Tuscany in all its splendour: the perfect combination of art and tradition.

Montepulciano is undoubtedly one of the most enchanting towns in all of Tuscany, rich in history, art and culture – a real jewel in the Tuscan countryside.

With its historical and artistic treasures, its amazing local culinary traditions and its lively cultural and social fabric, Montepulciano is a synthesis of Tuscany’s cultural heritage. The city is surrounded by the ancient Medici walls that symbolically protect the old town – enter through one of the seven ancient gates to begin exploring Montepulciano’s historic centre.

The Cathedral of Santa Maria Assunta (Duomo)

This is the largest church in Montepulciano, located in the main square. It is elegant, beautiful and unfinished! It is used as the backdrop to many of the cultural events which occur throughout the year in Montepulciano. If you would like a few minutes of quiet reflection or just a place to sit down after walking all over the historic centre then this is an ideal place.

Here is the technical description of the Cathedral of Montepulciano. The Duomo, designed by architect Ippolito Scalza of Orvieto, was built between 1586 and 1680 over the ruins of the ancient local sanctuary of Santa Maria (of which the travertine marble and brick bell tower, dating back to 1400 are still visible today). Both the bell tower and the façade remain unfinished to this day, while the sides of the building are finely covered with bricks and travertine ashlars and arches.

Inside, the architectural layout, based on the classic model of a Latin cross, is austere and majestic: there are three naves with large marble columns, arches and barrel vaults.

In addition to the intrinsic elegance of the building itself, the interior boasts a large number of artworks, including some of the most important works of the cultural heritage of Montepulciano: the fifteenth-century Aragazzi cenotaph, built by Michelozzo, is divided into fragments that are displayed on the Cathedral’s walls; The Triptych of the Assumption, painted by Taddeo di Bartolo in 1401, is situated above the main altar and the so-called Altar of the Lilies, a work in glass-colored terracotta by Andrea Della Robbia.

The Temple of San Biagio

Simply stunning. San Biagio is located outside Montepulciano. Every time we pass it (which is almost every day) we wonder how something so beautiful could have been finished in 1580. The stone changes color throughout the day and with the seasons. There is an audio tour available -ideal for architecture buffs –  and you must stand in the centre and clap to hear the echo (don’t worry this is allowed!). It is possible to walk from San Biagio up into the histroic centre or there is a tourist bus.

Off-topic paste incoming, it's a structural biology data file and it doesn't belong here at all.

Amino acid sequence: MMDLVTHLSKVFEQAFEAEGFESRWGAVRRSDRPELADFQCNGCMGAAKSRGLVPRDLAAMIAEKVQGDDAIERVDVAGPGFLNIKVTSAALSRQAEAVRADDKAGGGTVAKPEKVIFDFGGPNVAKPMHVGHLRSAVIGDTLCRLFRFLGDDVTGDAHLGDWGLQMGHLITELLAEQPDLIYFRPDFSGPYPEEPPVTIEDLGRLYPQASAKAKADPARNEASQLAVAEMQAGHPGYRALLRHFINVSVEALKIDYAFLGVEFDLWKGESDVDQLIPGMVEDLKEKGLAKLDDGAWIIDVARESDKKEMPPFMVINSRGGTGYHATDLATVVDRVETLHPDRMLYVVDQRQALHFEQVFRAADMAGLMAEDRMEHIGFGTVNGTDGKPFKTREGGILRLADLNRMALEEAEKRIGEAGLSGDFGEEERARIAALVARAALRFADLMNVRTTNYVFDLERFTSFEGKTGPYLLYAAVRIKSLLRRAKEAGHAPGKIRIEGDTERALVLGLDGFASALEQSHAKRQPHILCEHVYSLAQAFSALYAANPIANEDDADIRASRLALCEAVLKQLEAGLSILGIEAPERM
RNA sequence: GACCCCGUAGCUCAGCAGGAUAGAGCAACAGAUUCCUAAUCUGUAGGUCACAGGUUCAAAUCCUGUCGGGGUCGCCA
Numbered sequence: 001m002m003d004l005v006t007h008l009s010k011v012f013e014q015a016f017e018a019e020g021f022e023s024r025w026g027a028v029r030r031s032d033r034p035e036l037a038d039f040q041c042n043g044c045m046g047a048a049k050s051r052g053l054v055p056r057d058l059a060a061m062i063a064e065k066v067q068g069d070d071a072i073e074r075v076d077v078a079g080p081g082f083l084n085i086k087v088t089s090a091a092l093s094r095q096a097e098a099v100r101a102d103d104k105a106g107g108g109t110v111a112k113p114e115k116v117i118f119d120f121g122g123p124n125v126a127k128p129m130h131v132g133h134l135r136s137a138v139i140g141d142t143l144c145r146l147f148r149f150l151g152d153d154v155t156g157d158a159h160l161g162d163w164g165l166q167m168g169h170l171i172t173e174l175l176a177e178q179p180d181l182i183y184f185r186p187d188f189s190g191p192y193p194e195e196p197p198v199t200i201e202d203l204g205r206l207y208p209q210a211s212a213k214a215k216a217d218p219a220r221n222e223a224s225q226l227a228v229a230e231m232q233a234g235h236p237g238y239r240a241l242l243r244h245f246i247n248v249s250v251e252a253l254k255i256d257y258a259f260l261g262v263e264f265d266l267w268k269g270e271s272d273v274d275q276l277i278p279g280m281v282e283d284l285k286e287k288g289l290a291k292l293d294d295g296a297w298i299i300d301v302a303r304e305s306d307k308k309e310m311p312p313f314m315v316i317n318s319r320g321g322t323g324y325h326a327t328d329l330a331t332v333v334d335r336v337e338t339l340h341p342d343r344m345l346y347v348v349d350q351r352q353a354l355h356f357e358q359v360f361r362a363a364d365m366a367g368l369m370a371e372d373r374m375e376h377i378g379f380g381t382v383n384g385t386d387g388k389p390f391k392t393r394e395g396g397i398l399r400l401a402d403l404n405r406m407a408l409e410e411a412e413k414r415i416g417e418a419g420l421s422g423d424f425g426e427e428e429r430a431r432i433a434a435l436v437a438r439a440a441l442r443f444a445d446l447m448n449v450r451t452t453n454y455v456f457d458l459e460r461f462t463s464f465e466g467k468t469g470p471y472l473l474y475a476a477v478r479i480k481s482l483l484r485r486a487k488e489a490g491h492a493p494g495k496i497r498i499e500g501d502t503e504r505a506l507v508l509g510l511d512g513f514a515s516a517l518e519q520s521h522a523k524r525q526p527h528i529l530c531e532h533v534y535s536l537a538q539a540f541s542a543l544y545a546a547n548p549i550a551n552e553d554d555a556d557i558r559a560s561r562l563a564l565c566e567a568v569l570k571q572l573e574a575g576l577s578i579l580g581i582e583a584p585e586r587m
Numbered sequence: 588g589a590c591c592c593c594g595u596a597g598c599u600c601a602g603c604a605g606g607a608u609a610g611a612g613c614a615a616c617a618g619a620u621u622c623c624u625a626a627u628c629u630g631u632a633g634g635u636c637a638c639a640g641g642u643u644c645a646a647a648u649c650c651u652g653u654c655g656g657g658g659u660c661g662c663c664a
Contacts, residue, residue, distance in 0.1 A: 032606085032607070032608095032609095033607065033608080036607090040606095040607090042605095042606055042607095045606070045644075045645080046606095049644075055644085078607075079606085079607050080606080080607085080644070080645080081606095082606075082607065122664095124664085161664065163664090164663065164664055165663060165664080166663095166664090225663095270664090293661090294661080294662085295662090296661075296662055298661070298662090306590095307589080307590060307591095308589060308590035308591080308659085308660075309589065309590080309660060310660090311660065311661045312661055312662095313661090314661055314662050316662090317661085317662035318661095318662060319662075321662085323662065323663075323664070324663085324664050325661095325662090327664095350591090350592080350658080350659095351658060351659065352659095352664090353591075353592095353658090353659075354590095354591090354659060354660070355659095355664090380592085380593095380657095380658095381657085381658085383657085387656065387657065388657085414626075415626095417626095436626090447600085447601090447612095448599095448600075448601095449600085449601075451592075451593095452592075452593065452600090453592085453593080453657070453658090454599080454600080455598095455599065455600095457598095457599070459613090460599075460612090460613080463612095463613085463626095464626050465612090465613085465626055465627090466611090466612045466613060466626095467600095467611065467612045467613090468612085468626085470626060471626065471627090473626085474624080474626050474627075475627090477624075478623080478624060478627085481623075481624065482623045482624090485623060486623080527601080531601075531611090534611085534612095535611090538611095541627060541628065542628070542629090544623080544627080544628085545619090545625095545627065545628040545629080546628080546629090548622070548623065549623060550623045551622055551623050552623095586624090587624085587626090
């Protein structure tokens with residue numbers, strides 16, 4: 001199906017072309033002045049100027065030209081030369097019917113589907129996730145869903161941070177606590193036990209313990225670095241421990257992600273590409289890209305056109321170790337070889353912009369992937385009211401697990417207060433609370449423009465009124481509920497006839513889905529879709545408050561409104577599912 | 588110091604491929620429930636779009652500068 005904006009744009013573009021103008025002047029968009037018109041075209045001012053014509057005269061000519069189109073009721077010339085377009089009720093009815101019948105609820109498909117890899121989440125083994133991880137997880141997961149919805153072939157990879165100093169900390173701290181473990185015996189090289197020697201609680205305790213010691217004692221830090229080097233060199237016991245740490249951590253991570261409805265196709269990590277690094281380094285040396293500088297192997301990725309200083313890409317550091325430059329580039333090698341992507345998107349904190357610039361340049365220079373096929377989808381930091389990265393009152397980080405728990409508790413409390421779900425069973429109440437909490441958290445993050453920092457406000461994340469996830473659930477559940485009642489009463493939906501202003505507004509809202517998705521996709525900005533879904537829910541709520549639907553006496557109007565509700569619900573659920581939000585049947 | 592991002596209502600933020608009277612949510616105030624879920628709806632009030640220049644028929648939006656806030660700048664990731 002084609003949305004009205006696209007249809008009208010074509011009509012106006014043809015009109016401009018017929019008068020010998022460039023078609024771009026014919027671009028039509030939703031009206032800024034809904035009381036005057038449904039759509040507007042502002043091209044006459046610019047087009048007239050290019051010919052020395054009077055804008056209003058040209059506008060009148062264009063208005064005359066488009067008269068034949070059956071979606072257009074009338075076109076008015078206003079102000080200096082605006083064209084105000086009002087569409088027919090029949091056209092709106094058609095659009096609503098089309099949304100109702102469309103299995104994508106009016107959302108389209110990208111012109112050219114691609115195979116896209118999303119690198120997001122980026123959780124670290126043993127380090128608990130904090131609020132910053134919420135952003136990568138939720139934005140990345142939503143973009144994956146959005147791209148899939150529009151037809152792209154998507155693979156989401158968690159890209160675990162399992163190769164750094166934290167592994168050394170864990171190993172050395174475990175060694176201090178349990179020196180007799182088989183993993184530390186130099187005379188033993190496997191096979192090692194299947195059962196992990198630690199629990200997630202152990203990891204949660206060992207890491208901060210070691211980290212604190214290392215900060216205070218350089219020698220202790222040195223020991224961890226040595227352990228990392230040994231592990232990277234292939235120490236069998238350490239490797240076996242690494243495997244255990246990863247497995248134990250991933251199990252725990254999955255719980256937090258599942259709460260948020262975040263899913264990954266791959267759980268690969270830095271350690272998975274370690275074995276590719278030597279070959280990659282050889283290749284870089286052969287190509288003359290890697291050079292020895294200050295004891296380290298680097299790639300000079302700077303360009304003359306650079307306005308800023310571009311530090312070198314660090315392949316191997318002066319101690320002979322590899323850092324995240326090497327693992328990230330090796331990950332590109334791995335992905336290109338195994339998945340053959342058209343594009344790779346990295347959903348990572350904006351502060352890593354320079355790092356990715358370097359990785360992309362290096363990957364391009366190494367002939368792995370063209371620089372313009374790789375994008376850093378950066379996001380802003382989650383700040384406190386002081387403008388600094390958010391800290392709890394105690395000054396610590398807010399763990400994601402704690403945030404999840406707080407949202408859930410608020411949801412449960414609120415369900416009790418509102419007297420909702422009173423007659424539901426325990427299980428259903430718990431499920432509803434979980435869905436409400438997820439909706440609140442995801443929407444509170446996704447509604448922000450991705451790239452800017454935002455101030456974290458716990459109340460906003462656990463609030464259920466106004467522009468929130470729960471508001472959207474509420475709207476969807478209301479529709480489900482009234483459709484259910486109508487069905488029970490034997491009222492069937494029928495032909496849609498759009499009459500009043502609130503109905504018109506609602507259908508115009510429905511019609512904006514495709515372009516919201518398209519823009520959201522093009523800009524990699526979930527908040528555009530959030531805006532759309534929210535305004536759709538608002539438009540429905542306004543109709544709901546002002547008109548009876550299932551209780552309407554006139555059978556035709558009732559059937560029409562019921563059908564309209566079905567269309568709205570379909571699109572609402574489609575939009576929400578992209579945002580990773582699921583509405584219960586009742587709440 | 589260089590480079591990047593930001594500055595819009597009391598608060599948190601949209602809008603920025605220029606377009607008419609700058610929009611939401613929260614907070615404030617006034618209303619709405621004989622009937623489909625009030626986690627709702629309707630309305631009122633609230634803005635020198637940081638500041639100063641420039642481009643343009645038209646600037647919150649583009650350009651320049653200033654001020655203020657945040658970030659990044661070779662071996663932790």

And here is the historic and technical description. This late Renaissance temple was built on the foundations of an ancient Paleo-Christian sanctuary originally dedicated to the Virgin Mary and then to St. Blaise. At the beginning of the sixteenth century, the ancient sanctuary was in ruins, including the fresco of the Madonna and Child with St. Francis, attributed to a Sienese painter from the fourteenth century which in 1518 was alleged to have miraculous powers. The Poliziano family decided to build a new church here, entrusting the task to Antonio da Sangallo the Elder. The architect’s ambitious project included a new imposing building that was supported by Pope Leo X, who had been educated in classical letters by Agnolo Poliziano, a humanist poet from Montepulciano. The temple was finished in 1580 and after the death Antonio da Sangallo, the works were directed by other architects.

The architectural layout of the temple is based on a Greek cross with a central dome supported by a drum. Opposite the entrance there is a semicircular apse. The sides of the building share the same pattern repetition as the main façade. The façade is decorated with additional ornamentation and is divided into two parts by the frieze, triglyphs and metopes which run along the entire perimeter of the temple. On the lower part, the main entrance shows an engraving of the temple’s year of foundation; on the upper part the central window is framed by five rectangular panels. On the same level stands a large triangular pediment which gives vertical momentum to the building. The façade is flanked on the left side by a tall bell tower with several densely decorated levels and a top pyramidal cusp. The original project involved the building of two symmetrical bell towers, of which only one was completed.


The bright Piazza Grande, a large Renaissance square, is the artistic, civic and religious centre of Montepulciano. It overlooks the Cathedral (Duomo), the Townhall (Palazzo Comunale) and some of the town’s main palazzi and historic noble buildings. There is also a Torture Museum (!) and ancient wine cellars nearby. This is the heart of Montepluciano where many cultural events are hosted throughout the year. You have to visit la Piazza Grande.

With its stone bulk, the battlements and the tower in the center of the building, The Palazzo Comunale resembles the Florentine Palazzo della Signoria. Among the other historic buildings overlooking the square are Palazzo de ‘Nobili-Tarugi, characterized by a large loggia and a skillfully decorated façade, Palazzo del Capitano del Popolo and a beautiful well (Pozzo de’ Grifi e de’ Leoni) bearing the Medici coat of arms supported by two lions (the symbol of Florence) standing next to two griffins (the symbol of the city of Montepulciano).